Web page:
Dabalen, Andrew

Chief Economist, Africa, World Bank
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Poverty, Inequality, Economics of education, Development economics, Labor economics
Chief Economist, Africa, World Bank
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Last updated January 31, 2023
Andrew Dabalen is the World Bank’s Africa Region Chief Economist since July 1, 2022. The Chief Economist is responsible for providing guidance on strategic priorities and the technical quality of economic analysis in the region, as well as for developing major regional economic studies, among other roles. He has held various positions including Senior Economist in the World Bank’s Europe and Central Asia Region, Lead Economist and Practice Manager for Poverty and Equity in Africa and most recently, Practice Manager for Poverty and Equity in the South Asia Region. His research and scholarly publications focused on poverty and social impact analysis, inequality of opportunity, program evaluation, risk and vulnerability, labor markets, and conflict and welfare outcomes. He has co-authored regional reports on equality of opportunity for children in Africa, vulnerability and resilience in the Sahel, and poverty in a rising Africa. He holds a master’s degree in International Development from University of California - Davis, and a PhD in Agricultural and Resource Economics from University of California - Berkeley.

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    Household Use of Agricultural Chemicals for Soil-Pest Management and Own Labor for Yard Work
    ( 2008) Templeton, Scott R. ; Zilberman, David ; Yoo, Seung Jick ; Dabalen, Andrew L.
    In spite of its potential health and environmental risks and contribution to agribusiness, the use of agricultural chemicals for yard care has not been well studied. In our discrete-continuous choice model, estimated with data from a national survey, a household chooses how much money, if any, to initially spend on types of agricultural chemicals and applicators and how much time to subsequently spend on other yard work. Households in big cities or with large gardens are more likely to use organic chemicals. The probability that a household chooses a mix of do-it-yourself and hired applications of synthetic chemicals increases with income, age, and the presence of preschoolers. Among households that apply only synthetic chemicals without hired help, those with young children, with higher incomes, in big cities, and with male heads spend more on the chemicals. The time that such households spend on other yard work increases with expenditures on the chemicals. Cancellation of a pesticide registration might create an extra private cost for households with young children even though the ban might reduce external costs.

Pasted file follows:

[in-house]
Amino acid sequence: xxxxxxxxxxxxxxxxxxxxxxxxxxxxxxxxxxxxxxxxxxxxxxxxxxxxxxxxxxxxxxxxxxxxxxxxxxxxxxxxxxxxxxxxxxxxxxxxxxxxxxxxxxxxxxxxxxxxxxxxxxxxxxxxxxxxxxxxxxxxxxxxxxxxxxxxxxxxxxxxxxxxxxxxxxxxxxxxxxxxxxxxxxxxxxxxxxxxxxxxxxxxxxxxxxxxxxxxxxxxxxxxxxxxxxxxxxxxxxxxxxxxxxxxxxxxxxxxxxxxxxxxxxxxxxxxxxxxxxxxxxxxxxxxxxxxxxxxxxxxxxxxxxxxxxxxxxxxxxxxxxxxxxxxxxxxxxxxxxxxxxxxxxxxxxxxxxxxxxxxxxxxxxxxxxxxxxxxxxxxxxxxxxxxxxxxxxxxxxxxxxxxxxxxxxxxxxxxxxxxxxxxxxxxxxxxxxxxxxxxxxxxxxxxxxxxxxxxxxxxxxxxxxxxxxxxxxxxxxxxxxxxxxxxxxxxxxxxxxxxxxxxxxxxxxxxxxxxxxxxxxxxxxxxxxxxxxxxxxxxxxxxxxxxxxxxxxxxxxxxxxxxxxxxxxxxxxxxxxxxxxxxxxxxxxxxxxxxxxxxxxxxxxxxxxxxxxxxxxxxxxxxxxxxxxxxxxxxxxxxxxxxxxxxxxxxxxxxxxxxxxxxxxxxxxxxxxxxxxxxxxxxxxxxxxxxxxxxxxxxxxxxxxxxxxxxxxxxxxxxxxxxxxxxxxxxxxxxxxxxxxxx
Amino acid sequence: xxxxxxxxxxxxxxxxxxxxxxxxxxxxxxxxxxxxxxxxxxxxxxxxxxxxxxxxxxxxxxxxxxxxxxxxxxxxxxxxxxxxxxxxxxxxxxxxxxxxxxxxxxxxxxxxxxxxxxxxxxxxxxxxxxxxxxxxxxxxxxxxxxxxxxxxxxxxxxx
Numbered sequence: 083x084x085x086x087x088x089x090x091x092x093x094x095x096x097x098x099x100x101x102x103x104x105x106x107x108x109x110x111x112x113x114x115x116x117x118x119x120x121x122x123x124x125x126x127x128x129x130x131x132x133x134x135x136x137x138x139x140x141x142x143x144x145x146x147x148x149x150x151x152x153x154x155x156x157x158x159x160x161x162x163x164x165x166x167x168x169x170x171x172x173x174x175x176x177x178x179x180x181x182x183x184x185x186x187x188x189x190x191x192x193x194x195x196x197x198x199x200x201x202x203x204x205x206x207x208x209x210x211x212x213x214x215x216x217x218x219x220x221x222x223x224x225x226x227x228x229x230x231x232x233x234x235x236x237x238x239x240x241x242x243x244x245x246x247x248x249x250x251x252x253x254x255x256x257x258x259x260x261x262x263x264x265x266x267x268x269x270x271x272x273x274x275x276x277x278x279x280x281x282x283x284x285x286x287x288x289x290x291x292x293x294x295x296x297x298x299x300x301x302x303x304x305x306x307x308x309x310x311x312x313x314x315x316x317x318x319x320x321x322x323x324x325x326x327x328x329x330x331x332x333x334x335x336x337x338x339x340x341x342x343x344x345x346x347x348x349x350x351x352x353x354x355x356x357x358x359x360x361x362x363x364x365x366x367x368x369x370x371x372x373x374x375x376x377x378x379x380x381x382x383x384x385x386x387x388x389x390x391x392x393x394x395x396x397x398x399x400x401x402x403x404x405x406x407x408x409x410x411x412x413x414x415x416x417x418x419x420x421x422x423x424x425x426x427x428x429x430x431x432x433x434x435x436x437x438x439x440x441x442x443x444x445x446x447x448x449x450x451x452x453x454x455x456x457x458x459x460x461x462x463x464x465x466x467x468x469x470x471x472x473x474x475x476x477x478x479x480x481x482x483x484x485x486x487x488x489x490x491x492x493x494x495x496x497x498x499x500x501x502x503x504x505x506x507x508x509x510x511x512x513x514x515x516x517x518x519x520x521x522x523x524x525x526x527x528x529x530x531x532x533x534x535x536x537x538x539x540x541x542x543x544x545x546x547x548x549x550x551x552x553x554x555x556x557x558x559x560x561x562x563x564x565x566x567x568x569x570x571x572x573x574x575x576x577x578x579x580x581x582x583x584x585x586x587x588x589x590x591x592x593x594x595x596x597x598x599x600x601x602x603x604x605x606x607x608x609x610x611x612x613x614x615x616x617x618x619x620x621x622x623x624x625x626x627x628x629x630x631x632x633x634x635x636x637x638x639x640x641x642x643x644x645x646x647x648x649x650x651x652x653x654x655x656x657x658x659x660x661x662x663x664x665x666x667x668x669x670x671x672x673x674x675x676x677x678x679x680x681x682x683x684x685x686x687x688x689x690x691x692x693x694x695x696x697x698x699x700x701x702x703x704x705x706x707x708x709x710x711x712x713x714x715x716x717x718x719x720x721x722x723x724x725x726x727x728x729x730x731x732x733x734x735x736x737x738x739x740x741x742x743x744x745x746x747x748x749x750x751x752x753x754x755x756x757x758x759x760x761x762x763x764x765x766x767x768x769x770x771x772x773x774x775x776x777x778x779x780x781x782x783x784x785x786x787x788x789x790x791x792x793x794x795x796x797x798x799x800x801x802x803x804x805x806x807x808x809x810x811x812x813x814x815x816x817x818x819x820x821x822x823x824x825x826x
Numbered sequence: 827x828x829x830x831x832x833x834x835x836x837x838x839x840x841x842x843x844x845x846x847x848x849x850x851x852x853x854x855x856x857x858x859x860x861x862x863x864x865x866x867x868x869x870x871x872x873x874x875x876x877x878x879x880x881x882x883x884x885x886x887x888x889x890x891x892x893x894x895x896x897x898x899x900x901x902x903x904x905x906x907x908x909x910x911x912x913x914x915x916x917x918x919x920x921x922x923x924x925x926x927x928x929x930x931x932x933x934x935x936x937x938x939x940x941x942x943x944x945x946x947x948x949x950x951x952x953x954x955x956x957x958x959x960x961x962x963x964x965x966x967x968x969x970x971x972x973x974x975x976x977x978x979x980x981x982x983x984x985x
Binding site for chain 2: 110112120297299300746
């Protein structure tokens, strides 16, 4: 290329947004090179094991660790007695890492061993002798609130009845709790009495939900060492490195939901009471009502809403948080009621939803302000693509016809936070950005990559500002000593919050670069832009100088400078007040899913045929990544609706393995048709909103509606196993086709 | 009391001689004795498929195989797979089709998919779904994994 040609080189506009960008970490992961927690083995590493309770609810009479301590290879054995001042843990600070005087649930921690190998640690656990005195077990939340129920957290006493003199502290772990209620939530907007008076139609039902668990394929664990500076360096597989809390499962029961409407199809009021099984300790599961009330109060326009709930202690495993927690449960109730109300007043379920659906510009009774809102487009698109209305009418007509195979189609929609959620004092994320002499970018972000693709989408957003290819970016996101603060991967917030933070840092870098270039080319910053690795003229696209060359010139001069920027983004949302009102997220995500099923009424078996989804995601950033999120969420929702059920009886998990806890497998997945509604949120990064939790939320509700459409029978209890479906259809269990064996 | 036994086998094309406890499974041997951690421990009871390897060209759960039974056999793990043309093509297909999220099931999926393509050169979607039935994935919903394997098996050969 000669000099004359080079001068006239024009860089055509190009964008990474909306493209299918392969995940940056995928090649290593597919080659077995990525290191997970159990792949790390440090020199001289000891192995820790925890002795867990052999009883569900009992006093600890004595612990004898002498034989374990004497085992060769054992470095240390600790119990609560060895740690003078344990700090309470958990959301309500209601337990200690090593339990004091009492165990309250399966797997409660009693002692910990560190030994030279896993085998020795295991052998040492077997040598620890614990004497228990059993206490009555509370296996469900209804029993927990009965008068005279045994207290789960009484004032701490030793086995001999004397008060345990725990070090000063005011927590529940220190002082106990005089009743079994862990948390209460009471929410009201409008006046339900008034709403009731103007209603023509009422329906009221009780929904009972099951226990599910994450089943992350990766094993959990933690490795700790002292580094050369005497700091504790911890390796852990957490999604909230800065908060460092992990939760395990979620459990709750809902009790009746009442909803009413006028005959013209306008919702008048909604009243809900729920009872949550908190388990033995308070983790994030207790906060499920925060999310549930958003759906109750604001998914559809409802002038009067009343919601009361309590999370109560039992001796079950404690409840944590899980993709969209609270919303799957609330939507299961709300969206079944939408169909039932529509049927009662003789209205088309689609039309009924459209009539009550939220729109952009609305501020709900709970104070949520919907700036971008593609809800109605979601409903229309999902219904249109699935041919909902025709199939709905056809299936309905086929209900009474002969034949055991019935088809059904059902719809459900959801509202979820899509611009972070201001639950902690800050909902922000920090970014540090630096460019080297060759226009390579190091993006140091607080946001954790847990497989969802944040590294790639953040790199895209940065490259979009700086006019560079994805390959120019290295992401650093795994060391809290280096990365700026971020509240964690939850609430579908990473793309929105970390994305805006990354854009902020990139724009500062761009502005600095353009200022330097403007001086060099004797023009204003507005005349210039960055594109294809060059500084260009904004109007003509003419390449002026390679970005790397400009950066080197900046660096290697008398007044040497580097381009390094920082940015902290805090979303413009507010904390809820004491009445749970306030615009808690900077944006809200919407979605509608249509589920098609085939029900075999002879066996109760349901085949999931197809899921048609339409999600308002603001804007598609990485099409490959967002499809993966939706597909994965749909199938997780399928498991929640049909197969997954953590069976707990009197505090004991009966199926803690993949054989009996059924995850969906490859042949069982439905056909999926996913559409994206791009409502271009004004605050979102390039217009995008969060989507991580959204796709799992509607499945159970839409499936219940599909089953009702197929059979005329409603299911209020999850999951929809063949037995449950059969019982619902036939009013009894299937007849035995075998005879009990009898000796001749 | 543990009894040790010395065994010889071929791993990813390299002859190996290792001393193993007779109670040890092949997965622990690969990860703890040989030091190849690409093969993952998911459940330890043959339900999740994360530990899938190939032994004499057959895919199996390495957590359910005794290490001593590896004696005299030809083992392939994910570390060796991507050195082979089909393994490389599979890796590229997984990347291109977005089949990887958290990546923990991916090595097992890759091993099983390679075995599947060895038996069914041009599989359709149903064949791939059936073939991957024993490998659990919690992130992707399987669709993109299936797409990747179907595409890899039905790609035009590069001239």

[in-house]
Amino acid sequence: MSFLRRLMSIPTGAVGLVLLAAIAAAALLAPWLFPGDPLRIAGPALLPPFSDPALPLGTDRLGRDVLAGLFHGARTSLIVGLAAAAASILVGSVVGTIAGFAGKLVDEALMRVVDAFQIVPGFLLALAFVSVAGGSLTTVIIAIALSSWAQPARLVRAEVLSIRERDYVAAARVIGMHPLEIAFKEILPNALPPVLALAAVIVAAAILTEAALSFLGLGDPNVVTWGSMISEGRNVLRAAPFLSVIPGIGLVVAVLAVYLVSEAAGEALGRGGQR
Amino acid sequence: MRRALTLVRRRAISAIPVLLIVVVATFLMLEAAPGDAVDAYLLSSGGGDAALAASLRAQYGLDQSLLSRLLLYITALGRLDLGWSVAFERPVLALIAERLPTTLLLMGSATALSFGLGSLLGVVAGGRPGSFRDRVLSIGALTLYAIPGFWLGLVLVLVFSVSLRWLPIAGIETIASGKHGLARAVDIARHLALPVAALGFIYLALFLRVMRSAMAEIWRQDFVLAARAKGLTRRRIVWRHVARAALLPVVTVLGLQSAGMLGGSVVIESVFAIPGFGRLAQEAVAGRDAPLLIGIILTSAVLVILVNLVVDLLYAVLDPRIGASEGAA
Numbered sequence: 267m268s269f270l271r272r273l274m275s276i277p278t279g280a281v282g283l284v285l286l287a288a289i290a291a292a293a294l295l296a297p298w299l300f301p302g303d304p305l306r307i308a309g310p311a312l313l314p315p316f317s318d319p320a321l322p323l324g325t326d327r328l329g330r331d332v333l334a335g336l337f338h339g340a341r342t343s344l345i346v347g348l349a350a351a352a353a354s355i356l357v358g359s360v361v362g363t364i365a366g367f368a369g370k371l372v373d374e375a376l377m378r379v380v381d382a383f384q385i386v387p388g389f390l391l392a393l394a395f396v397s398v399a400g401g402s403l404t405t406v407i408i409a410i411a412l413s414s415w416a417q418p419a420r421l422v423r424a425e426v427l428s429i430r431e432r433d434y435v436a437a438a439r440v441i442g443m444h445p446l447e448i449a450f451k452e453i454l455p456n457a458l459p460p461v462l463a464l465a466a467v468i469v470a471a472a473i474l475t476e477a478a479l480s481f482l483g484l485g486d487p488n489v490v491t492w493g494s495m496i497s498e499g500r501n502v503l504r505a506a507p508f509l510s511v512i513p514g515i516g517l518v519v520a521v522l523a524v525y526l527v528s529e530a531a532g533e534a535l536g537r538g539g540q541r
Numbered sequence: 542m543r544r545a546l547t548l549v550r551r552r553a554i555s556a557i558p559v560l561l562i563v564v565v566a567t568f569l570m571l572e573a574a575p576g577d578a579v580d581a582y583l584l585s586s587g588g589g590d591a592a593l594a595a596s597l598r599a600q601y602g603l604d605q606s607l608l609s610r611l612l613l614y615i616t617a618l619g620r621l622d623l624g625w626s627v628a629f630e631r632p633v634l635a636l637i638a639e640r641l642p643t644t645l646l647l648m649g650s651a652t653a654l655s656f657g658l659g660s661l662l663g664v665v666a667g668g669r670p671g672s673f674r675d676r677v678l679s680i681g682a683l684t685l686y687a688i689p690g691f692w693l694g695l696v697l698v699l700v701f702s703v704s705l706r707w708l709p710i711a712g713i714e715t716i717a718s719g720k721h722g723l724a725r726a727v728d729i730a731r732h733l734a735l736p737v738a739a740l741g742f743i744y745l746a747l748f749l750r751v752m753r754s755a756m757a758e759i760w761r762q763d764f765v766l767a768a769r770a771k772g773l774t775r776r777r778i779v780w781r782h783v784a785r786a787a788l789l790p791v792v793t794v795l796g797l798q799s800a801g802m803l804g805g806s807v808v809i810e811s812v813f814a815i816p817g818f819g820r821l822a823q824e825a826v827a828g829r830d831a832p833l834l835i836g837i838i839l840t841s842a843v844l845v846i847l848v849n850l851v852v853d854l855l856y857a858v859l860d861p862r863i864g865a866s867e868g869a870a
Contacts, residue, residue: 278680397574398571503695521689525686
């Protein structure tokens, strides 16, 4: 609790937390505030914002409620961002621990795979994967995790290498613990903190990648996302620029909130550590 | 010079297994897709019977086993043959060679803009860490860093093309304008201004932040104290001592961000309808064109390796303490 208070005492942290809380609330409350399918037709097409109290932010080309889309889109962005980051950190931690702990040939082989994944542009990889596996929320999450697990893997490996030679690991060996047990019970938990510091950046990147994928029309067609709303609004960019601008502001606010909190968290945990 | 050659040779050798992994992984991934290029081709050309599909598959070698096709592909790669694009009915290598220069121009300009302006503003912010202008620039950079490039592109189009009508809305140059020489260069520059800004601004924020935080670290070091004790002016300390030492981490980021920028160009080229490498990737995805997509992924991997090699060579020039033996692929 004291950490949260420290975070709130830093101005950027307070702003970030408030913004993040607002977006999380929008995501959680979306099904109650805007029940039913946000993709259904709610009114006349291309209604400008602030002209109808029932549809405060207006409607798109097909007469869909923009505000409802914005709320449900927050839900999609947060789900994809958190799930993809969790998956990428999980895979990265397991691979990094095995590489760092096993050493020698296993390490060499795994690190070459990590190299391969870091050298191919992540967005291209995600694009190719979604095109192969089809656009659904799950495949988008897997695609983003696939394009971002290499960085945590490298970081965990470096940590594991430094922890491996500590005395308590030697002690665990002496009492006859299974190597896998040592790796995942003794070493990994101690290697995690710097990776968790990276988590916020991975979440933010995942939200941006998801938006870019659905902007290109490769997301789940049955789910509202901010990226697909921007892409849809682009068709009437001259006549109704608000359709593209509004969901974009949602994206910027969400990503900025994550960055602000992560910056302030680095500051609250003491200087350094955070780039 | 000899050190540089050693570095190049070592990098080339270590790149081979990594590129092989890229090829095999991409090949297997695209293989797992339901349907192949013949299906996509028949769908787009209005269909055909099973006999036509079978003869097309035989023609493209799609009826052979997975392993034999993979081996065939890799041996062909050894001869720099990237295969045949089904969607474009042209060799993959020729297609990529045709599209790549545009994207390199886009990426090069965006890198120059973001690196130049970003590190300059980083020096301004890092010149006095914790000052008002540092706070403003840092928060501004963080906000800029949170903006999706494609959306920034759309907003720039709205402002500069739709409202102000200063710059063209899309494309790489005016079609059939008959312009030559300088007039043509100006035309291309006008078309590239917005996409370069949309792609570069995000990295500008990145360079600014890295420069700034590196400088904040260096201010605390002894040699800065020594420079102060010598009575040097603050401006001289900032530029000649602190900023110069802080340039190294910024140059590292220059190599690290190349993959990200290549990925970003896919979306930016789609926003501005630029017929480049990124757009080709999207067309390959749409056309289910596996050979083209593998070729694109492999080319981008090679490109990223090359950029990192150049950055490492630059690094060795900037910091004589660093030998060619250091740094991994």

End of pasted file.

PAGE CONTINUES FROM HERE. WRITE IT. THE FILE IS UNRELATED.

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    Changes in Wage Distributions, Wage Gaps and Wage Inequality by Gender in Kenya
    ( 2009) Agesa, Richard U. ; Agesa, Jacqueline ; Dabalen, Andrew
    Using data from Kenya, the determinants of gender differences in the overall distribution of earnings are estimated as part of explaining the positive association between the return to measured and unmeasured human capital attributes as formalised by human capital theory (Mincer in 'Schooling Experience, and Earnings', New York: National Bureau of Economic Research, Columbia University Press, 1974). The Kenyan data allows us to demonstrate that males possess relatively more human capital, and once gender differences in measured and unmeasured skills are accounted for, males receive relatively higher returns to both their measured and unmeasured human capital attributes. These findings support the notion that gender differences in the return to human capital trigger male and female earnings differences in Kenya.